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Neural Network Concepts

Deep Learning for Big Data

The term big data refers to the rapid increase in data in the organizations and societies of today. Deep learning is a recent and powerful tool, which organiztions and cities use to obtain value from big data.

In this page, we’ll explain what is big data, and outline four applications of deep learning for big data, including text classification and automatic tagging and automatic image caption generation. We’ll also review operational challenges of deep learning and big data, and how to use the MissingLink deep learning platform to solve some of these challenges.

What is Big Data?

The term big data refers to the proliferation of data in modern society and business, along three dimensions:

  • Volume—growing quantities of data, both structured and unstructured. Unstructured data is the fastest growing, and can take the shape of social media feeds, web analytics data, sensor data or documents generated by humans in an organization.
  • Velocity—data is flowing at an increasing rate. There is a need to ingest, store and process massive data streams, either in real time as they are received, or in retrospect.
  • Variety—traditional data types were structured and controllable by organizations. Today the number of data types is rapidly growing, from structured to semistructured and unstructured data, including text, audio, video from millions of possible sources.

Big data is the fuel of the modern economy. It is used by the world’s biggest companies to provide products and services that are changing the face of society. The digital economy, digital lifestyle, mobile devices and applications that have become an inseparable part of daily life, are all driven by big data.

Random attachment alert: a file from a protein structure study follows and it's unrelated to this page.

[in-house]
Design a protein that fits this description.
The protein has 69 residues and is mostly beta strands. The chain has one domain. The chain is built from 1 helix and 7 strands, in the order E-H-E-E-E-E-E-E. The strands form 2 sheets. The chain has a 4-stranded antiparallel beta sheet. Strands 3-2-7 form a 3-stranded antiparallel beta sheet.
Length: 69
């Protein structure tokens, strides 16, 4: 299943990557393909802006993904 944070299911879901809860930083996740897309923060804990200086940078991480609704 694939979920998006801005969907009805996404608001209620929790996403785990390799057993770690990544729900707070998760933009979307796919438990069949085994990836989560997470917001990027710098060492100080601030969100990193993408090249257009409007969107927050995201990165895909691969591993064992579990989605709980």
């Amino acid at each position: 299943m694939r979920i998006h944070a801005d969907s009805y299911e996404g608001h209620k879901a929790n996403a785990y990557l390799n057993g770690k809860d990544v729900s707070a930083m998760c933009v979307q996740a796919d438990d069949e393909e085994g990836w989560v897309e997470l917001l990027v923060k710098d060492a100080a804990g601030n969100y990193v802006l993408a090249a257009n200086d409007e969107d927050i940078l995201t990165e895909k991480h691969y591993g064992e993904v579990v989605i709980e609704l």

But the raw data, like crude oil, isn’t useful on its own. Over the past two decades, the industry has developed technology that can ingest, store, process, analyze and derive value quickly from big datasets. But some datasets are a harder nut to crack—complex, unstructured data is difficult to comprehend using traditional analytics techniques. This is where deep learning comes in—it can help make sense of big data often through the use of a deep learning platform.

Four Applications of Deep Learning for Big Data

Deep learning, with artificial neural networks at its core, is a new and powerful tool that can be used to derive value from big data. Most of the data today is unstructured, and deep learning algorithms are very effective at learning from, and generating predictions for, wildly unstructured data. Following are several ways deep learning is being applied to big data sets.

To understand how deep learning works, see our in-depth guide on Artificial Neural Network Concepts.

1. Text Classification and Automatic Tagging

Deep learning architectures including Recurrent Neural Networks and Convolutional Neural Networks are used to process free text, perform sentiment analysis and identify which categories or types it belongs to. This can help search through, organize and make use of huge unstructured datasets.